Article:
By Sally MacDonald
Cranbrook Townsman Staff
MP David Wilks is upset that accused child abductor Randall Hopley will not be sentenced for kidnapping.
Hopley, 46, appeared in Cranbrook Supreme Court last Monday, March 26, to plead guilty to abduction of a child under 14, and break and enter with the intent to commit an offence.
The charges were laid after then-three-year-old Kienan Hebert disappeared overnight from his bedroom in his parents’ Sparwood home last September. Kienan was returned four days later, seemingly unharmed, and Hopley was soon after caught by a police dog in nearby Crowsnest Lake, Alberta.
When Hopley was arrested on September 13, three charges were laid against him. But after he pleaded guilty last Monday, Hopley’s counsel William Thorne said the third charge of kidnapping will be dropped by the Crown.
That’s not right, according to Kootenay-Columbia MP David Wilks, who suspects it was part of a plea bargain.
“I do not have the privilege of knowing what Crown and defence spoke about, but it would certainly look that way to me,” he said.
The charge of abduction comes with a maximum sentence of 10 years, whereas kidnapping has a maximum life sentence.
“I don’t think (the abduction charge) reflects the severity of what he did,” said Wilks.
“I’m not saying Hopley would get life in jail – I’m pretty convinced that he wouldn’t. But you’ve limited the opportunity for incarceration on such a significant charge that created not only national but international interest.”
Wilks, who was an RCMP officer for 20 years and knew Hopley through that role, feels that Hopley’s offence is closer to kidnapping when you refer to the Criminal Code of Canada.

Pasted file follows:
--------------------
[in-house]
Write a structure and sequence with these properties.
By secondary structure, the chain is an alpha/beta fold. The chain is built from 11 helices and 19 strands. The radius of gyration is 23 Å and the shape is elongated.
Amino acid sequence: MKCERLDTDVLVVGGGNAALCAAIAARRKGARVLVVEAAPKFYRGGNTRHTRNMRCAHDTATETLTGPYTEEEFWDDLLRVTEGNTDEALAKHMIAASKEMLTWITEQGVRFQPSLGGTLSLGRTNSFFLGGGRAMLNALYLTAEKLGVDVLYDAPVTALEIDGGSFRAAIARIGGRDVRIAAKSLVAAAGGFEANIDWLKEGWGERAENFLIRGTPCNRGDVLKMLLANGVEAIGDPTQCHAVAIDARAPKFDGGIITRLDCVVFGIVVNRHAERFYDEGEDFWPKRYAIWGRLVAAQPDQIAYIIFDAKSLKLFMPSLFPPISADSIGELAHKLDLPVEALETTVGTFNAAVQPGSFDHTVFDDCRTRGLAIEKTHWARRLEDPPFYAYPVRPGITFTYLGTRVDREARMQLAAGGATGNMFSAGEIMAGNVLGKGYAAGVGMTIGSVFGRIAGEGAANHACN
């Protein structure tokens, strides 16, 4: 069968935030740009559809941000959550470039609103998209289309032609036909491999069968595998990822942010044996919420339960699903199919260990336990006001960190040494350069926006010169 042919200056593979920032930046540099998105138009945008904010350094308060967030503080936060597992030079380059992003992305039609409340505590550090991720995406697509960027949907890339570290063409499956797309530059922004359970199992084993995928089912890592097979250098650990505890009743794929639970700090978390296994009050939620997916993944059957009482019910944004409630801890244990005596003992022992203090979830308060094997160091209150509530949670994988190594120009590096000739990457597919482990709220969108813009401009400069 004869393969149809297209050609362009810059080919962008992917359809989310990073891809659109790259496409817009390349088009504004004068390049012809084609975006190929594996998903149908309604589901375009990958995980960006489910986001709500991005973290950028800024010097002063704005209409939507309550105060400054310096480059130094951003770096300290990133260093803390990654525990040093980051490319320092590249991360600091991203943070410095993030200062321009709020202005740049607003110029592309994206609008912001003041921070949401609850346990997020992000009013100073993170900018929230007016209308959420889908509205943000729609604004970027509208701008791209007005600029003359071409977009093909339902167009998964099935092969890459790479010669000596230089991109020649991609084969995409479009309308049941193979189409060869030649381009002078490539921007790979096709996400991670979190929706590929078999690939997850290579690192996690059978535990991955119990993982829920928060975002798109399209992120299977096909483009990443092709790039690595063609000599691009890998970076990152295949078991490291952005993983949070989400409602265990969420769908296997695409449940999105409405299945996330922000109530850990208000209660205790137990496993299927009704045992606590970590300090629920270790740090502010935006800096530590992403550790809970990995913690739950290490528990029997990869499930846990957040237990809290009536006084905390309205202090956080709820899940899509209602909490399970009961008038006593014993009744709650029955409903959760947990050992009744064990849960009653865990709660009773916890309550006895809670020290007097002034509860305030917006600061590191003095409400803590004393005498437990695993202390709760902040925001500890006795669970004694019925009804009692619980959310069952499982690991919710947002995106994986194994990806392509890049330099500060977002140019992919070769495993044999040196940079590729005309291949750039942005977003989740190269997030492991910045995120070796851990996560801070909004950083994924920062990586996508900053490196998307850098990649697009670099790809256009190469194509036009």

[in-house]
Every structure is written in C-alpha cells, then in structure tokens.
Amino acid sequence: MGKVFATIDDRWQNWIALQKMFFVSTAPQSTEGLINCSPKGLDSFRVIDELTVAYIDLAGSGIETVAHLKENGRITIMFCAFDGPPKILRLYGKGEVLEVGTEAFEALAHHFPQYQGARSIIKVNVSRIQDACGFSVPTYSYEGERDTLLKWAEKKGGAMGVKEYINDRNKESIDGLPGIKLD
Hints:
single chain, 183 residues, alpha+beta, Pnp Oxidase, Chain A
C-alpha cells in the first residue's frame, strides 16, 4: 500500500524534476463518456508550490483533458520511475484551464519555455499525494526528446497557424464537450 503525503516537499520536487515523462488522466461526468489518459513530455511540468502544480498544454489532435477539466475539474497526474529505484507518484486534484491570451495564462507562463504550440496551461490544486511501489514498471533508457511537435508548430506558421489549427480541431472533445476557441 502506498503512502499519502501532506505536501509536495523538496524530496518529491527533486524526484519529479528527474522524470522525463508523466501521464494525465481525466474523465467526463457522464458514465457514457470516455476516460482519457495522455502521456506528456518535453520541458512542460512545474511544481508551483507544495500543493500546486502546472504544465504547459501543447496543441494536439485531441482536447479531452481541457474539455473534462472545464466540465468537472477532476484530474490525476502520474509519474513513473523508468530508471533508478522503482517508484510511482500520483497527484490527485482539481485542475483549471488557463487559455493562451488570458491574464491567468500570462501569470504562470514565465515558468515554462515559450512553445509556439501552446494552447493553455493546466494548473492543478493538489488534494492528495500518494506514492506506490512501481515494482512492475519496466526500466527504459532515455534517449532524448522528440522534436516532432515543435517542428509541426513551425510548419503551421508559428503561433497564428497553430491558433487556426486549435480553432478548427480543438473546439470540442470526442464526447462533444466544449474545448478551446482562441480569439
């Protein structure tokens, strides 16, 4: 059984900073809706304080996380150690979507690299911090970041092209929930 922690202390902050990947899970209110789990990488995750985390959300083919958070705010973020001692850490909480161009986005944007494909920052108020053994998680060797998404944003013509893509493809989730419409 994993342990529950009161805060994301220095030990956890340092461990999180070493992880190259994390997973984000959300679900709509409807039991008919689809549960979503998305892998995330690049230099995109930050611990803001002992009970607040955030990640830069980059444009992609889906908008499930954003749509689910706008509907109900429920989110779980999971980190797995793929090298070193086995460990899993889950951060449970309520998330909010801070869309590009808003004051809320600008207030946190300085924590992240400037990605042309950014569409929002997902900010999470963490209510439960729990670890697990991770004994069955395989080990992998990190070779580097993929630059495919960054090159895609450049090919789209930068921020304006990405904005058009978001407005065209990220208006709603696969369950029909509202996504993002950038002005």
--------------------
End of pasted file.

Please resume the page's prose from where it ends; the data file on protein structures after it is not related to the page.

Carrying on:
“Kidnapping is very clear. It says there must be a movement of taking a person from one place to another and not simply the placing of a person in the area of confinement,” said Wilks.
“It also says that everyone who without lawful authority confines or imprisons or forcibly seizes another person is guilty (of kidnapping). In my opinion, that’s what Randall Hopley did. He, without lawful authority, confined the young child against his will.”
Wilks referred to three high-profile kidnapping cases in B.C. – Kienan Hebert, Michael Dunahee, who disappeared from a Victoria park in 1991, and Mindy Tran, who was killed in Kelowna in 1994.
“All had different outcomes, but I can guarantee you that the persons who kidnapped those children didn’t kidnap them to play with them,” said Wilks.
While Kienan was returned seemingly unharmed, Wilks fears different circumstances could have led to a different outcome.
“Yes, young Mr. Hiebert was returned home safely, but how much longer would it have been if he hadn’t been returned before something happened?” asked Wilks. “The intent I believe was much different than what the outcome was.”
Last September, soon after Hopley was arrested, Wilks tabled a private member’s bill in the House of Commons that would impose a minimum sentence of five years for stranger kidnappings of a person under the age of 16.
“A message has to be sent that this is not tolerated in Canada. If you are going to kidnap a child and you get caught, and hopefully that child is found alive, you are not going to be doing that again for a long time.
“At the end of the day, in my opinion, kidnapping of a young child is of utmost seriousness,” said Wilks.
Randall Hopley faces sentencing for the two charges in Cranbrook on July 18.